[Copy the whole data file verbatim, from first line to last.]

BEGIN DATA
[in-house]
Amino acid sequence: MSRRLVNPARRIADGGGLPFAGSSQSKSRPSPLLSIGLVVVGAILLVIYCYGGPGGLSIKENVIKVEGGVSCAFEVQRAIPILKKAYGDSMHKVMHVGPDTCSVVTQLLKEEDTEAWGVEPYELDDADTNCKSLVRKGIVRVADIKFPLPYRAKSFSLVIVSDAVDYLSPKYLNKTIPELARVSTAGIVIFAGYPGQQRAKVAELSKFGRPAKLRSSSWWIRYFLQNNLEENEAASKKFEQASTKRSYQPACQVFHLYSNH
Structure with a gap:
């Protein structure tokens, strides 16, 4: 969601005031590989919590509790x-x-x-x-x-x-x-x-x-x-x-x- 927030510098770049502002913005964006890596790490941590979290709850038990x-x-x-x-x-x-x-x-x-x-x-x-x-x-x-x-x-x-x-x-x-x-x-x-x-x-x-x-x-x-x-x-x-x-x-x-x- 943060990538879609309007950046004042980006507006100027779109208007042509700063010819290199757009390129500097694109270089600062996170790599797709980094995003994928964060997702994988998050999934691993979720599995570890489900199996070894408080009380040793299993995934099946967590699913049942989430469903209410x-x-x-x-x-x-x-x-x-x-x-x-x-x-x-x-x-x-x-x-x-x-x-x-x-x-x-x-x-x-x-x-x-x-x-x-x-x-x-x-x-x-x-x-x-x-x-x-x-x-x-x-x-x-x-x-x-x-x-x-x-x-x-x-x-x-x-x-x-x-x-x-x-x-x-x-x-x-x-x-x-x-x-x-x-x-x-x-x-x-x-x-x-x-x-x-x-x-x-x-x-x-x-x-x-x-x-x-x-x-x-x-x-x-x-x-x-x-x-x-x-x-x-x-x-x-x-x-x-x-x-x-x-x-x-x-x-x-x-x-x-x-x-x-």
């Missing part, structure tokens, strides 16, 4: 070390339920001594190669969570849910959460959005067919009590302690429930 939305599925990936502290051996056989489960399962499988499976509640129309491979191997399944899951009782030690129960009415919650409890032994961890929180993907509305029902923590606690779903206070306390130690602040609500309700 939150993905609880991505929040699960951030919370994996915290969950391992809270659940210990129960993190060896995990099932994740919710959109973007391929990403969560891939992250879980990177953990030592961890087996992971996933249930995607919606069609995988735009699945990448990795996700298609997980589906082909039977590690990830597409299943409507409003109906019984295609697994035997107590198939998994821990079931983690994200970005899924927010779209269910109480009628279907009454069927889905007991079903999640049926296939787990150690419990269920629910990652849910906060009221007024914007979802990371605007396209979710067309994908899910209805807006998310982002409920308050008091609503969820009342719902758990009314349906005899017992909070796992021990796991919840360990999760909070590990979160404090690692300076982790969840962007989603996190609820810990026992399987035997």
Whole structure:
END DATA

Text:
[in-house]
Amino acid sequence: MSRRLVNPARRIADGGGLPFAGSSQSKSRPSPLLSIGLVVVGAILLVIYCYGGPGGLSIKENVIKVEGGVSCAFEVQRAIPILKKAYGDSMHKVMHVGPDTCSVVTQLLKEEDTEAWGVEPYELDDADTNCKSLVRKGIVRVADIKFPLPYRAKSFSLVIVSDAVDYLSPKYLNKTIPELARVSTAGIVIFAGYPGQQRAKVAELSKFGRPAKLRSSSWWIRYFLQNNLEENEAASKKFEQASTKRSYQPACQVFHLYSNH
Structure with a gap:
């Protein structure tokens, strides 16, 4: 969601005031590989919590509790x-x-x-x-x-x-x-x-x-x-x-x- 927030510098770049502002913005964006890596790490941590979290709850038990x-x-x-x-x-x-x-x-x-x-x-x-x-x-x-x-x-x-x-x-x-x-x-x-x-x-x-x-x-x-x-x-x-x-x-x-x- 943060990538879609309007950046004042980006507006100027779109208007042509700063010819290199757009390129500097694109270089600062996170790599797709980094995003994928964060997702994988998050999934691993979720599995570890489900199996070894408080009380040793299993995934099946967590699913049942989430469903209410x-x-x-x-x-x-x-x-x-x-x-x-x-x-x-x-x-x-x-x-x-x-x-x-x-x-x-x-x-x-x-x-x-x-x-x-x-x-x-x-x-x-x-x-x-x-x-x-x-x-x-x-x-x-x-x-x-x-x-x-x-x-x-x-x-x-x-x-x-x-x-x-x-x-x-x-x-x-x-x-x-x-x-x-x-x-x-x-x-x-x-x-x-x-x-x-x-x-x-x-x-x-x-x-x-x-x-x-x-x-x-x-x-x-x-x-x-x-x-x-x-x-x-x-x-x-x-x-x-x-x-x-x-x-x-x-x-x-x-x-x-x-x-x-």
């Missing part, structure tokens, strides 16, 4: 070390339920001594190669969570849910959460959005067919009590302690429930 939305599925990936502290051996056989489960399962499988499976509640129309491979191997399944899951009782030690129960009415919650409890032994961890929180993907509305029902923590606690779903206070306390130690602040609500309700 939150993905609880991505929040699960951030919370994996915290969950391992809270659940210990129960993190060896995990099932994740919710959109973007391929990403969560891939992250879980990177953990030592961890087996992971996933249930995607919606069609995988735009699945990448990795996700298609997980589906082909039977590690990830597409299943409507409003109906019984295609697994035997107590198939998994821990079931983690994200970005899924927010779209269910109480009628279907009454069927889905007991079903999640049926296939787990150690419990269920629910990652849910906060009221007024914007979802990371605007396209979710067309994908899910209805807006998310982002409920308050008091609503969820009342719902758990009314349906005899017992909070796992021990796991919840360990999760909070590990979160404090690692300076982790969840962007989603996190609820810990026992399987035997």
Whole structure: